Trends in Biomass Production

August 10th, 2016 by Rebecca Norman

The U.S. has the future potential to produce at least one billion dry tons of biomass resources annually without adversely affecting the environment, according to a recent report jointly developed by the Department of Energy and Oak Ridge National Laboratory. Biomass resources include agricultural, forestry, waste, and algal materials.

One billion dry tons of biomass could produce enough biofuel, biopower, and bioproducts to displace approximately 30% of 2005 U.S. petroleum consumption.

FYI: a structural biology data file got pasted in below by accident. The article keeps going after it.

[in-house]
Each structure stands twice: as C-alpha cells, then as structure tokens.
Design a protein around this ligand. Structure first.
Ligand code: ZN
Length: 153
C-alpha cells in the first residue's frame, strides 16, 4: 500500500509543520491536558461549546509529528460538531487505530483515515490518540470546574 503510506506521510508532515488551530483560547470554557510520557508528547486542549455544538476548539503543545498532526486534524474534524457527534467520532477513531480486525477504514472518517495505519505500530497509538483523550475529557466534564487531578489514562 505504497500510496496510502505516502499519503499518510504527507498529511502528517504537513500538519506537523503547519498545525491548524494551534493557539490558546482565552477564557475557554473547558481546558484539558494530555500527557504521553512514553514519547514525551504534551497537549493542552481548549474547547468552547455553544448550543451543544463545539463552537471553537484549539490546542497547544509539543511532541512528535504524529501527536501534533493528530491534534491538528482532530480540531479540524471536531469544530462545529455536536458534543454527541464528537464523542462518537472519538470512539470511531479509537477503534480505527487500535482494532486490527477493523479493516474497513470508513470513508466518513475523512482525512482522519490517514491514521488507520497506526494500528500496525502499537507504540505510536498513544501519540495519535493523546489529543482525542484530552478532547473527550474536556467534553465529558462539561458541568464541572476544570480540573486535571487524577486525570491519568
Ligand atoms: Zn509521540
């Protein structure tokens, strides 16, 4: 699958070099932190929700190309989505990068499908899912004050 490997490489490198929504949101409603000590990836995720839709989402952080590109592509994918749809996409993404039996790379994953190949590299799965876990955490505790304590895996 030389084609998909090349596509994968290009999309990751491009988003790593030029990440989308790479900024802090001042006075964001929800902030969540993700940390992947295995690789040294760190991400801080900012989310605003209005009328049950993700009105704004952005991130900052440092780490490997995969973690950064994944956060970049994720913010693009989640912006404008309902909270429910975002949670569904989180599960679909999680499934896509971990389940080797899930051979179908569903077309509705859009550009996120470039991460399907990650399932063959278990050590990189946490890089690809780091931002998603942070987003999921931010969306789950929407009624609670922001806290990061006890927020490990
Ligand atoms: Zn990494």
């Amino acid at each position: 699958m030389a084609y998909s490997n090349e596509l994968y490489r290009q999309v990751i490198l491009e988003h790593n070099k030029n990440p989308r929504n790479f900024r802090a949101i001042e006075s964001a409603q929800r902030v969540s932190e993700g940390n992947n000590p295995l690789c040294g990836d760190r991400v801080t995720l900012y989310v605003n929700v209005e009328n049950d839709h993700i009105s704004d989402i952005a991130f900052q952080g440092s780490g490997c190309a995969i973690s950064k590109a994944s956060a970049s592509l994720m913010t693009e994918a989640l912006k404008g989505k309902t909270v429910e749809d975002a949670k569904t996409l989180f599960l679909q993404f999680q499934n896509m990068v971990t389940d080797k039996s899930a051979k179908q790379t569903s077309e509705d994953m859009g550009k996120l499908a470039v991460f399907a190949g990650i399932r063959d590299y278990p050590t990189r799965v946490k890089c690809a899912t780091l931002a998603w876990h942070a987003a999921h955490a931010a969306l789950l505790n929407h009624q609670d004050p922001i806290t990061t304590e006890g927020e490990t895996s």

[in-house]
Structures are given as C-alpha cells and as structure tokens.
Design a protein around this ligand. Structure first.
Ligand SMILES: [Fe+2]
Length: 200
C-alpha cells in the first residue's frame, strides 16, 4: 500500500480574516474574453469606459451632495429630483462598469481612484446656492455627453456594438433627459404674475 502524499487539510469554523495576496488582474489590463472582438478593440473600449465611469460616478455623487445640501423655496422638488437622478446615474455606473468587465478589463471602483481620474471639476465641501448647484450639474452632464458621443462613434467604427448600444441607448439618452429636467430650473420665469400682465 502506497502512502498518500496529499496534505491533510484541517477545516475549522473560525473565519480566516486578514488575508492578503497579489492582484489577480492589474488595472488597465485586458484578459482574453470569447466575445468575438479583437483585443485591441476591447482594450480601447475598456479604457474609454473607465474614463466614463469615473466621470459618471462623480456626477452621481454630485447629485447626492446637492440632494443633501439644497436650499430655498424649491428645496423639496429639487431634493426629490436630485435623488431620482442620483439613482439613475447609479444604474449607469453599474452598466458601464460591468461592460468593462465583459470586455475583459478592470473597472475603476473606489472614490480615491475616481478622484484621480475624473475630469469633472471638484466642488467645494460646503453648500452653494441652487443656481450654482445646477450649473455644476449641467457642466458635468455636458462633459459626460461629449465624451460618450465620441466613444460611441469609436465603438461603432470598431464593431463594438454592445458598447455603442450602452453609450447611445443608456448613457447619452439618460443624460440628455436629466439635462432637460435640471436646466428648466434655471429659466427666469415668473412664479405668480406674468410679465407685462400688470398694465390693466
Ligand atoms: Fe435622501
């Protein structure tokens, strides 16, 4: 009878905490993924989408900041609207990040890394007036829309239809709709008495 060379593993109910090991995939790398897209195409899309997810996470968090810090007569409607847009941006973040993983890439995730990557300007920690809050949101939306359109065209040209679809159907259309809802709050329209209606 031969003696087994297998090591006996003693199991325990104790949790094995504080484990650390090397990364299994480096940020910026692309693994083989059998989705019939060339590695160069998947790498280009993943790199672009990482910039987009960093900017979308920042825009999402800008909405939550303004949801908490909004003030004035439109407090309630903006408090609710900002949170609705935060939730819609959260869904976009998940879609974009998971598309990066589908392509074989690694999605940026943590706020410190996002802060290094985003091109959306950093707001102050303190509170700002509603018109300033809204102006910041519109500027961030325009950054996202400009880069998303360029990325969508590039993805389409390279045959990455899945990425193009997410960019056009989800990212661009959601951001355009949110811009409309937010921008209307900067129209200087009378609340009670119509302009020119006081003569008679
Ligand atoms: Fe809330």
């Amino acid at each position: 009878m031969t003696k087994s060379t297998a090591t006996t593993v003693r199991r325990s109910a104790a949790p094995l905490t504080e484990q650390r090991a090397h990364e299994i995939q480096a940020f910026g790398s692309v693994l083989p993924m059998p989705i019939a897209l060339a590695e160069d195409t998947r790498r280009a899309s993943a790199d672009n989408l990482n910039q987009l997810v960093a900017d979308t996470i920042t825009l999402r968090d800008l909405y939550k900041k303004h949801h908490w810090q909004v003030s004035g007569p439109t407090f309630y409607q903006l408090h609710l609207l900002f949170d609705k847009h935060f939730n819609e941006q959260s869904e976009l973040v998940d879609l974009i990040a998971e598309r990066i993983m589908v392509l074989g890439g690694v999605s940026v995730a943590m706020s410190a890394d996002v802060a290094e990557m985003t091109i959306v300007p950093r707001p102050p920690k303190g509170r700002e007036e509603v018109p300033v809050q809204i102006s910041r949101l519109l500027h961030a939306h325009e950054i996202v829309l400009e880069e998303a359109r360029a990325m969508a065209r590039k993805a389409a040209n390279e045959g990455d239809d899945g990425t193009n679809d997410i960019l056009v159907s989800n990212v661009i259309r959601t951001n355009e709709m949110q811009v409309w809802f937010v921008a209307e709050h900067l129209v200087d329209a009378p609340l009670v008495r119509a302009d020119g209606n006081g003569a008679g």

The U.S. has enough biomass to support a bioeconomy within 25 years. This bioeconomy would include renewable aquatic and terrestrial biomass resources that could be used for energy and to develop products for economic, environmental, social, and national security benefits.

Interactive tools  available through the Bioenergy Knowledge Discovery Framework allow users to visualize biomass availability scenarios and tailor the data by factors such as geographic area, biomass source, and price. Researchers and decision-makers can use these features to better inform national bioenergy policies.

Read the 2016 Billion-Ton Report